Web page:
BLE sniffer guide

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Introduction

The TI Packet Sniffer can be used to look at everything that goes on between two BLE devices over the air, and is as such a good tool for debugging or just learning about Bluetooth Low Energy applications.

Installation and setup, using a CC2540 USB dongle as sniffer hardware

  1. Download and install the SmartRF Packet Sniffer from [1]
  2. Using SmartRF Flash Programmer, program the CC2540 USB dongle with the image found in \program files\Texas Instruments\SmartRF Tools\Packet Sniffer\bin\general\firmware\sniffer_fw_cc2540_usb.hex after installation.
    Using flash programmer
  3. Start the sniffer, select Bluetooth Low Energy and press Start
    Starting the sniffer in BLE mode

Using the sniffer

To start sniffing, select the now programmed USB dongle, and press the play button.

Starting packet aquisition

The received packets will be parsed according to the packet format laid out in the Bluetooth 4.0 Core Specification[2] Volume 6, Part B, chapters 2.1, 2.3 and 2.4.

Radio configuration pane

Radio configuration

In the radio configuration pane you can

  • Specify which initiator IEEE address' connection you want to follow in the case that there are multiple BLE devices active (red ring). Otherwise the first detected connection establishment will be followed. You will still see all advertisement data.
  • Specify which advertisement channel you want to listen to (yellow).

Address book

TODO

Display filter

Filter on Unique Advertiser

Choose "ADV_IND AdvA" and press button "First", then add the address where x is, so the line says ex. AA1=0x112233445566. Then press "Add" followed by "Apply filter".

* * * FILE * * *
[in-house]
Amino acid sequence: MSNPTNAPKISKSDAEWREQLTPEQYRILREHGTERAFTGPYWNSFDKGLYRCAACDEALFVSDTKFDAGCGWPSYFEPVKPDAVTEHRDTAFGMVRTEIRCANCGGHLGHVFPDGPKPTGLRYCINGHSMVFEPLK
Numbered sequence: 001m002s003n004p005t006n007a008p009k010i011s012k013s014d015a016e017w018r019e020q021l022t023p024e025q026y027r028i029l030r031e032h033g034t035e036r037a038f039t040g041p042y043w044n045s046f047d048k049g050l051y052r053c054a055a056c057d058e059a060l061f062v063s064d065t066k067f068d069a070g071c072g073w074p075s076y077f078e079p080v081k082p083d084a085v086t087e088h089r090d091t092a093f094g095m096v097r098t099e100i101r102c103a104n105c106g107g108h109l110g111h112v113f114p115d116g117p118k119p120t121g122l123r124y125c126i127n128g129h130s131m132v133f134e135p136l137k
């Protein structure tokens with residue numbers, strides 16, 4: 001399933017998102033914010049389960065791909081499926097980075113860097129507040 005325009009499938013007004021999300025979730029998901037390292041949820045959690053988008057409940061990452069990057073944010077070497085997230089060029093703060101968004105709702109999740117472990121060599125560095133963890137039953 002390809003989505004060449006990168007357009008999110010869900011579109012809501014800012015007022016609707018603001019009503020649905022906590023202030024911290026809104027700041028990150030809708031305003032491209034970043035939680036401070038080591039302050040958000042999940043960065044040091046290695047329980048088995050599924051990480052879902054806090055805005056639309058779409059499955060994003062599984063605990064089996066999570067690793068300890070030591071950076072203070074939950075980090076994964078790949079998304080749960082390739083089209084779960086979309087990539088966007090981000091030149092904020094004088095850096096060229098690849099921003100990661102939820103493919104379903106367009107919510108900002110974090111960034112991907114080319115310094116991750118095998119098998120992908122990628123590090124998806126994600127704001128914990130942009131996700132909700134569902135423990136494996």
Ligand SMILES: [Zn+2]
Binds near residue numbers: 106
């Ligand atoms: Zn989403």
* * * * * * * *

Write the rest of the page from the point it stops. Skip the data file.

Packet Sniffer Filtering Advertiser

You should now only see advertiser with address 0x112233445566.

Timeline

TODO

Packet types

According to the state the device is in, different communication channels are applicable.

  • Advertising channel: 37 (2402MHz), 38 (2426 MHz) and 39 (2480 MHz)
  • Data channel: 0-36 (2404-2478 MHz) excluding (2426 MHz)

The advertising channel and data channel allow different Protocol Data Unit (PDU) types

PDU Types
Channel State PDU Type Explanation Core spec chapter
Advertising Advertising ADV_IND Connectable undirected advertising event. Contains AdvA and AdvData. 6.B.2.3.1.1 // 6.B.4.4.2.3 // 3.C.11 // 3.C.18.1 (payload)
ADV_DIRECT_IND Connectable directed advertising event. Contains AdvA and InitA 6.B.2.3.1.2 // 6.B.4.4.2.4
ADV_NOCONN_IND Broadcast. Contains AdvA and AdvData 6.B.2.3.1.3 // 6.B.4.4.2.6
ADV_SCAN_IND Connectable directed advertising event. Scannable. 6.B.2.3.1.4 // 6.B.4.4.2.5
Scanning ADV_SCAN_REQ Request for more information from LL in scanning state. ScanA, AdvA. 6.B.2.3.2.1 // 6.B.4.4.2.5
Advertising ADV_SCAN_RSP Response. 6.B.2.3.2.2 // 6.B.4.4.3.2
Initiating CONNECT_REQ Sent by initiator to establish a connection 6.B.2.3.3.1 // 6.B.4.4.4
Data Data LLID field is 1 or 2. Empty PDUs allow the slave to respond with any PDU. General data 6.B.2.4 // 6.B.4.5
Control LLID field is 3. PDU can not be emtpy Control data, see core spec 6.B.2.4.2 // 6.B.4.5

You will immediately start receiving captured advertisement packets, given that a peripheral is advertising. Fields 1,2,3,4 and 9,10,11 are common to all captured packets.